‘R-Type Final 2’ review: a shoot-’em-up revival that doesn’t quite hit the target

The latest instalment of the manic arcade classic doesn't deliver the electrifying experience we were hoping for

The first level of 1987 arcade classic R-Type is one of the iconic moments in gaming history. From the synthesiser chords that herald your ship’s arrival to screen-filling alien wired up to a machine at the end, its sights and sounds are burned into my memory. It’s a big reason why, over three decades later, the arrival of a new R-Type game still makes me stand up and pay attention.

It’s a shame, then, that R-Type Final 2 only partially captures the old spark, not least because it forgets the value of a grand opening. In many ways it respects series history. It’s full of clever references that span everything from that first game right up to the last mainline entry, R-Type Final. And it’s got some memorable moments of its own.

But R-Type should be striking and breathless, and Final 2 sets a low-key tone. Yes, it’s a game about the aftermath of war, cleaning up the dregs of twisted alien experiments. That doesn’t justify a bland initial crawl through the husk of an old space station, where you shoot rusting cargo crates then run into a version of that original boss encased in ice, robbed of its horrible majesty.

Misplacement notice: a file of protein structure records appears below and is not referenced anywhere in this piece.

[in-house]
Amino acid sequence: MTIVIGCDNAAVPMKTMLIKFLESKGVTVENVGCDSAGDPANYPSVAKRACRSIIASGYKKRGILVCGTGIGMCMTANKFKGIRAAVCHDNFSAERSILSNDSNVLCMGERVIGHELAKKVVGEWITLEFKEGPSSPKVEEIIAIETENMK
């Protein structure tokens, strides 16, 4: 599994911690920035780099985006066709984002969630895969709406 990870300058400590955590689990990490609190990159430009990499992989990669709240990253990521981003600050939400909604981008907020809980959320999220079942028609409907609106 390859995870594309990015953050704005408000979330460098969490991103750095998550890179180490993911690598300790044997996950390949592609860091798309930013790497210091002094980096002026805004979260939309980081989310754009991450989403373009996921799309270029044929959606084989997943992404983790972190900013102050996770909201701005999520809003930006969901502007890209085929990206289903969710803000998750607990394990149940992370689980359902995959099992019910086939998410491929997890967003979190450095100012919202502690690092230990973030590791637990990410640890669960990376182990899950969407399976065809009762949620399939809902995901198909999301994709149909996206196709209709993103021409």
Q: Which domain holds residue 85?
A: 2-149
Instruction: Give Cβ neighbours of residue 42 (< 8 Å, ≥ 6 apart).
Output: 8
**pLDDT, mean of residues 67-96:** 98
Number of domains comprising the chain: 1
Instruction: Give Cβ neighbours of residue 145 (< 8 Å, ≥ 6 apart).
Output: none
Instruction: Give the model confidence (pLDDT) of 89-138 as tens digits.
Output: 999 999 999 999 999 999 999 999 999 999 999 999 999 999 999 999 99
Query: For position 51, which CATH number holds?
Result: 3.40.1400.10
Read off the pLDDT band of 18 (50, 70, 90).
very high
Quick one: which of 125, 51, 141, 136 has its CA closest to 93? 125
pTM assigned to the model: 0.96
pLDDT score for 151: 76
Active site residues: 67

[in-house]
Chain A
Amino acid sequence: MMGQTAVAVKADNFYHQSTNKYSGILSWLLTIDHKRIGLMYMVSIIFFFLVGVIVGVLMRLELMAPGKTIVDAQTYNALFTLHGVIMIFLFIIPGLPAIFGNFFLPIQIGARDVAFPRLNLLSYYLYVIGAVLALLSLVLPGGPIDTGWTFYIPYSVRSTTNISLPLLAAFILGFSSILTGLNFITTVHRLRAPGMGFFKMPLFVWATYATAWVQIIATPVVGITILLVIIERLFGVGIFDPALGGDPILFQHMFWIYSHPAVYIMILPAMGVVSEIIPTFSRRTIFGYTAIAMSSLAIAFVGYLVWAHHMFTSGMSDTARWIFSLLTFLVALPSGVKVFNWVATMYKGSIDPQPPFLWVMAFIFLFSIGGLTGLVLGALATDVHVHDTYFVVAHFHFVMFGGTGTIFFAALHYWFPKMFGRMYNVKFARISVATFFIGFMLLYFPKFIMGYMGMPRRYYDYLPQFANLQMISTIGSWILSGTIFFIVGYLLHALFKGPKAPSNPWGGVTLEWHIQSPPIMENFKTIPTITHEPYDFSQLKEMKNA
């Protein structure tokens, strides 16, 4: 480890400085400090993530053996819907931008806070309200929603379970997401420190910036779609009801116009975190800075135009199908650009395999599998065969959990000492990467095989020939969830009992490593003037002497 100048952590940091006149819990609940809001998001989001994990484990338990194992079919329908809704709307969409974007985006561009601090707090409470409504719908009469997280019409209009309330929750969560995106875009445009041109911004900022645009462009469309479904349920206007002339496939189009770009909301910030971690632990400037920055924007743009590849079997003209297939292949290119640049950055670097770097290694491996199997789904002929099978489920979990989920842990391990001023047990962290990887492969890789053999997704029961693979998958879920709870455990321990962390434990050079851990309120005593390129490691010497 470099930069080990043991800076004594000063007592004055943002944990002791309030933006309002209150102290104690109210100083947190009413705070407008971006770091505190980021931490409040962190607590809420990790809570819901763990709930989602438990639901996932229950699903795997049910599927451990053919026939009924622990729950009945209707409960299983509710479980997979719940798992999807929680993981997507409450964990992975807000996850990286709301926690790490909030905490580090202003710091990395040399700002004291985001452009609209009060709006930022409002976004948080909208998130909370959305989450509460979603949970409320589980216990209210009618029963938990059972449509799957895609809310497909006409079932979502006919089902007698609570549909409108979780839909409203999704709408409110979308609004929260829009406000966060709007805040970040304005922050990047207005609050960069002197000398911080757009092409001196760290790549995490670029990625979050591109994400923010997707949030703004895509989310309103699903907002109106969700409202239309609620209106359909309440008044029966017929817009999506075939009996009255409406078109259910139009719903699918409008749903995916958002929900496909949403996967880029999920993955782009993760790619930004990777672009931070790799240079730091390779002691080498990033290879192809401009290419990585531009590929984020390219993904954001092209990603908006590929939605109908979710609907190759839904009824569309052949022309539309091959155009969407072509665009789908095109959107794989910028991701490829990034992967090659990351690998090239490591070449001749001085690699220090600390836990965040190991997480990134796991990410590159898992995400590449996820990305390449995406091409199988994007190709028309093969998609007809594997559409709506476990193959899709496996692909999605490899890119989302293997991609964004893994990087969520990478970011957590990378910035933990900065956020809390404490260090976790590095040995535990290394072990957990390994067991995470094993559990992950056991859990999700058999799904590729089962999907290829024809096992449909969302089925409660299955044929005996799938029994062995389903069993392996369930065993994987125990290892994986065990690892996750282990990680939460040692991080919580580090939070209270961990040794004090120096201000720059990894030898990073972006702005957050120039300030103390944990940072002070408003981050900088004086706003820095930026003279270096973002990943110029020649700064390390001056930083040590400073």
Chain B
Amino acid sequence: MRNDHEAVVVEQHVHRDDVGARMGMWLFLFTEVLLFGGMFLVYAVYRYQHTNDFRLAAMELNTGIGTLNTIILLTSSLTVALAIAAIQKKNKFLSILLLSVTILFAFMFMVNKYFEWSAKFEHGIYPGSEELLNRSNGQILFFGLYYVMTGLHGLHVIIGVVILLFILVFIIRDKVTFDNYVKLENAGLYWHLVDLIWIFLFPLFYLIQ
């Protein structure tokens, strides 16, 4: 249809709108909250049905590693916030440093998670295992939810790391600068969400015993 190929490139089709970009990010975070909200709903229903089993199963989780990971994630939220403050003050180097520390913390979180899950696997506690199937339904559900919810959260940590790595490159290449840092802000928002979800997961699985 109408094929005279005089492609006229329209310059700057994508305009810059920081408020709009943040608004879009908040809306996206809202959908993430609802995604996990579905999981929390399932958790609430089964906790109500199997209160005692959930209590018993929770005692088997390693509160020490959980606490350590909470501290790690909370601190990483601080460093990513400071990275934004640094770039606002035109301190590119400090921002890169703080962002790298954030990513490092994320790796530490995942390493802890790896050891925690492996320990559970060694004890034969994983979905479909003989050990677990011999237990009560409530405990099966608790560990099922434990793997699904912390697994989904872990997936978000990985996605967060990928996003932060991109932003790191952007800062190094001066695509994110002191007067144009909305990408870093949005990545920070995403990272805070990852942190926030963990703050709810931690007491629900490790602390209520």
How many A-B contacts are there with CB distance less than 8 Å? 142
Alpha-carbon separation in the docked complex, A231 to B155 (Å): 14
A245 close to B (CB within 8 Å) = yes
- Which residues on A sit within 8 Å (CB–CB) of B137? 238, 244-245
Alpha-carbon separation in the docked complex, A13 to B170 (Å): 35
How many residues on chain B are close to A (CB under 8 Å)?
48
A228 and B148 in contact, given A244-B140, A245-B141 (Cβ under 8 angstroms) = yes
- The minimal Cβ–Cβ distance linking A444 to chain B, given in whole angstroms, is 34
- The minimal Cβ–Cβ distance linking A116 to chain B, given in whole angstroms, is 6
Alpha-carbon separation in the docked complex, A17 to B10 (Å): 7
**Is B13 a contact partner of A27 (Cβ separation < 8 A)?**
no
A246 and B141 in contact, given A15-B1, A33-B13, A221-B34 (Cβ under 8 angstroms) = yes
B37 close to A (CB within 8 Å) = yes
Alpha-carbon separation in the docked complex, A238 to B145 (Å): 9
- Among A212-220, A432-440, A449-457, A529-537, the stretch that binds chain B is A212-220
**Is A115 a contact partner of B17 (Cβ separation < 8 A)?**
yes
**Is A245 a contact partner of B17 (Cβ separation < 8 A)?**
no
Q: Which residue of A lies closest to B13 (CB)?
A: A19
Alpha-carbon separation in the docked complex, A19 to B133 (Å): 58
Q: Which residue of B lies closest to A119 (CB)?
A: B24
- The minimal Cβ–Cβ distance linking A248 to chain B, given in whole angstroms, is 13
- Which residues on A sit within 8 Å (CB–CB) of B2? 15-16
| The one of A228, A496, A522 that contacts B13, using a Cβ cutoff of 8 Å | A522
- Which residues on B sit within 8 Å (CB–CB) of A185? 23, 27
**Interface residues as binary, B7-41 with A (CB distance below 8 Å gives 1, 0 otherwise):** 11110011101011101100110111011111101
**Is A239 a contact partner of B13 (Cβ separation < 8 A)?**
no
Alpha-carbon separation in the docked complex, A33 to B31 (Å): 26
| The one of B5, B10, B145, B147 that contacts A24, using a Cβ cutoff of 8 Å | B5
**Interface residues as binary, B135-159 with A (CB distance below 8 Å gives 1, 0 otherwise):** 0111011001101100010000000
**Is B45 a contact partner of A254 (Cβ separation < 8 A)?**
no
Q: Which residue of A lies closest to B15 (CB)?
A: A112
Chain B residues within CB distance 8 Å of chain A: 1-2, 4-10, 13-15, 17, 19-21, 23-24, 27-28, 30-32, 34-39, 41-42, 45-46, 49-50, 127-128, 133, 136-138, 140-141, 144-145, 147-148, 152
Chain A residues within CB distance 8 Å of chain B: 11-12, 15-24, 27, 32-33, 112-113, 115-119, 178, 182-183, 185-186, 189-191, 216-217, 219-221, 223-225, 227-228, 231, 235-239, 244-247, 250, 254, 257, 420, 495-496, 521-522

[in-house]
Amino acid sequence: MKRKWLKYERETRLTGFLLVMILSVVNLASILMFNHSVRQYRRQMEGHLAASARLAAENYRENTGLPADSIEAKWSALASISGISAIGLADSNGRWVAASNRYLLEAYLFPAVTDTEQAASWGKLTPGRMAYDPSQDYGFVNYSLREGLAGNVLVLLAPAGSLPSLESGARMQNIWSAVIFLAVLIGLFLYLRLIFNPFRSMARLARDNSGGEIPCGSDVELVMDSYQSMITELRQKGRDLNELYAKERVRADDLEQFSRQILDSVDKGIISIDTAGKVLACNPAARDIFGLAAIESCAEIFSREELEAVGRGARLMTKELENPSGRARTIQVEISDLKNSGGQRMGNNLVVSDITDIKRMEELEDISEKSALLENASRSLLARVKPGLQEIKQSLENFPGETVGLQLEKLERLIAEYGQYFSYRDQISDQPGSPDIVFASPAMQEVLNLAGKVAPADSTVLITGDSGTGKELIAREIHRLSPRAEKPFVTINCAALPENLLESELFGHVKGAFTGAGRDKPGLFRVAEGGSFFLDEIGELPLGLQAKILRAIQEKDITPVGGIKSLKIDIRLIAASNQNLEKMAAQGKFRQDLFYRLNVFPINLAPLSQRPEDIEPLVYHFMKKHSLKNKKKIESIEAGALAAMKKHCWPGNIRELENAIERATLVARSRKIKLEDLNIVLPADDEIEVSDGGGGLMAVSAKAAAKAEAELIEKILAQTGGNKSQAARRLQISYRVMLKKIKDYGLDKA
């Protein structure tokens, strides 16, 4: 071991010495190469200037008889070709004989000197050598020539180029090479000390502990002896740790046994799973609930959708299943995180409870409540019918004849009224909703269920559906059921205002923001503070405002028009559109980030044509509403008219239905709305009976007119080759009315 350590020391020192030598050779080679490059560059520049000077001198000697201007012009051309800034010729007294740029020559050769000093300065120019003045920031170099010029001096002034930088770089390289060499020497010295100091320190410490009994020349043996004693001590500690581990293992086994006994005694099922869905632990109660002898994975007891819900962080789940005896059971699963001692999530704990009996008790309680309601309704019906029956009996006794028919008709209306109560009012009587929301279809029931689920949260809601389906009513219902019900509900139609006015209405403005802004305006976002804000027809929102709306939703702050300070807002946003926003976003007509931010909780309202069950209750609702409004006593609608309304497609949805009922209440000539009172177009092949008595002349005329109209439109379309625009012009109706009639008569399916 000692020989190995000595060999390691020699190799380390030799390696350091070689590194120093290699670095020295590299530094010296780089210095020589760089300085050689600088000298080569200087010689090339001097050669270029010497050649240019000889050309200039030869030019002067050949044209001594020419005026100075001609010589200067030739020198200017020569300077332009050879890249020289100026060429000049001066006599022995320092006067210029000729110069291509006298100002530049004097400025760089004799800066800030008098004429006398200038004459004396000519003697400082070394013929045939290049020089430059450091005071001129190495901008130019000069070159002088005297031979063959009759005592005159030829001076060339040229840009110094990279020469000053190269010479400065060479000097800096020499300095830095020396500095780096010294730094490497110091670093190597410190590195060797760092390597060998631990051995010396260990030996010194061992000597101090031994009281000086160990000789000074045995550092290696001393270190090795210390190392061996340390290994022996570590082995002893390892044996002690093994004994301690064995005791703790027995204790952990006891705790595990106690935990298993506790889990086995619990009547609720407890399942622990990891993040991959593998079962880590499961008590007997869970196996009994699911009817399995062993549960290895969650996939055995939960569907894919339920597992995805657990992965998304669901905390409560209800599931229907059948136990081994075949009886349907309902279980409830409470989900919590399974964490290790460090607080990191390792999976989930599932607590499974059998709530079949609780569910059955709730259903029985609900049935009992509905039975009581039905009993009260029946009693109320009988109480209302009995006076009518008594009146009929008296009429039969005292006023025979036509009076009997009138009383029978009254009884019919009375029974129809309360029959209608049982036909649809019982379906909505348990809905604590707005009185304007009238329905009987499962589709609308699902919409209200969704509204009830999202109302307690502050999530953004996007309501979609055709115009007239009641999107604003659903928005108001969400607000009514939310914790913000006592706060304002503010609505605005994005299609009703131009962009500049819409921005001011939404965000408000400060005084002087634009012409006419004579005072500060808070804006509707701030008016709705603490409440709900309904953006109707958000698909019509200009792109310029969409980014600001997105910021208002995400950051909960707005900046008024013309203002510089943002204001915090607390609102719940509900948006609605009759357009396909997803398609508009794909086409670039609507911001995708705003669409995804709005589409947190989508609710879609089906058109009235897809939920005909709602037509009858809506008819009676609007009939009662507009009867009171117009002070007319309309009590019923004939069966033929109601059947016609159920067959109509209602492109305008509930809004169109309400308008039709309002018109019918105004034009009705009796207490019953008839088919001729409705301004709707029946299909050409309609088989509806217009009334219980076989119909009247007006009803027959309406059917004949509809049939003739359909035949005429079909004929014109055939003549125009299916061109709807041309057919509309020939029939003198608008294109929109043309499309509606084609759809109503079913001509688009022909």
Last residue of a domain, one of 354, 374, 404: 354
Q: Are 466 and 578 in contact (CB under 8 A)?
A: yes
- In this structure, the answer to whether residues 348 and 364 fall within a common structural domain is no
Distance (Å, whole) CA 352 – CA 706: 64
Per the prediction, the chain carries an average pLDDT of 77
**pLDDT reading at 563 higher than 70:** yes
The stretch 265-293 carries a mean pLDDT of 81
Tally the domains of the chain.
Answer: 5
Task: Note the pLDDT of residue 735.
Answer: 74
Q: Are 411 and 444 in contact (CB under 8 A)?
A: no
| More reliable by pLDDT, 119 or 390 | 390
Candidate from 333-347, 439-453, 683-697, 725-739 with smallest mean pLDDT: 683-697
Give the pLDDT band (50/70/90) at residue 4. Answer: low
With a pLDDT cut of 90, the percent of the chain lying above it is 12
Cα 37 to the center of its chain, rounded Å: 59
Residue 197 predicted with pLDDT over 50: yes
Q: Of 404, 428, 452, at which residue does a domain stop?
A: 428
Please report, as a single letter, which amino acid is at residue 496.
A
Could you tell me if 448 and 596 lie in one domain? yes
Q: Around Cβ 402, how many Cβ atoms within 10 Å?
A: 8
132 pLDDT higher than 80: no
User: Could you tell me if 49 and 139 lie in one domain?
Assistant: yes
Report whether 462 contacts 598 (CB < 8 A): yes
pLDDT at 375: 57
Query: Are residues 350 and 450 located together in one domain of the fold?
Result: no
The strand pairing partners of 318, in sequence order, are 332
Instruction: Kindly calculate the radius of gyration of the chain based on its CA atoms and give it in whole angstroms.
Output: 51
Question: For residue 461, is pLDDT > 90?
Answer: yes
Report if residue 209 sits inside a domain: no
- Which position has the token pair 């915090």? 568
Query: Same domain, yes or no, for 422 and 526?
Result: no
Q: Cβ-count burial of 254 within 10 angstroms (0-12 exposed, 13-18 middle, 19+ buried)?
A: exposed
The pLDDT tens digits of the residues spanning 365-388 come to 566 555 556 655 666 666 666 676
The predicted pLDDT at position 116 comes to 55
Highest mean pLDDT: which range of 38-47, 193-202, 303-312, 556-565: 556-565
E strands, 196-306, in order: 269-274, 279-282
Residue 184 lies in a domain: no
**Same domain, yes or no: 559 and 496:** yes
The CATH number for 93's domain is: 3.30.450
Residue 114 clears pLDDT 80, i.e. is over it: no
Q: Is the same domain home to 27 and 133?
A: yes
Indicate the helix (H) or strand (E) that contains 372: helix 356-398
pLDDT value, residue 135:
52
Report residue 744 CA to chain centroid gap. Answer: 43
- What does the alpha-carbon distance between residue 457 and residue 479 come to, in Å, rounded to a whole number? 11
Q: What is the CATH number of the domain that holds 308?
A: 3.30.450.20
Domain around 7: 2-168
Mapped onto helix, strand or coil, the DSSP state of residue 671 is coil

R-Type Final 2
R-Type Final 2. Credit: Granzella Inc.


It doesn’t help that this Kickstarted revival can’t disguise its relatively low-budget production. You can argue that its simple polygon models are faithful to Final’s PlayStation 2 stylings, but the models are plagued by ugly texturing and overbearing lighting effects. Organic creatures are indistinctly drawn and sport a tacky plastic shine. They aren’t monsters so much as blobs of varnished litter, dissolving with apologetic squelches under the weight of your cannon fire.

The visual design is not only unappealing; it gets so messy that picking out enemies and projectiles is harder than it should be. The colour palettes of the busy backgrounds themselves leave a lot to be desired: they swing from dull browns or greys to the opposite extreme of lurid pinks and purples. A lot of my mistakes involved barrelling into hazards I hadn’t even seen. Technically my fault, sure, but more clarity and contrast wouldn’t go amiss.

Such collisions are doubly annoying because Final 2 sticks stubbornly to archaic rules of engagement: you die in a single hit and return to a checkpoint, minus any power-ups you’ve accrued. It’s old-school punishment built for coin-munching arcade games – and its datedness is starkly apparent in this 2021 title. Fail on one of the tough later levels, and rather than struggle with the default weapon, you’d be tempted to start all over again. Or just give up.

R-Type Final 2
R-Type Final 2. Credit: Granzella Inc.

Yet more often than not, I did persevere. And in a masochistic way, I came to relish these challenges as much as curse them. Because R-Type was always not only about shooting and dodging, but thinking your way out of impossible situations, about finding a route or a strategy, against the odds. Thankfully, the core components that made that so in previous games survive pretty much intact here.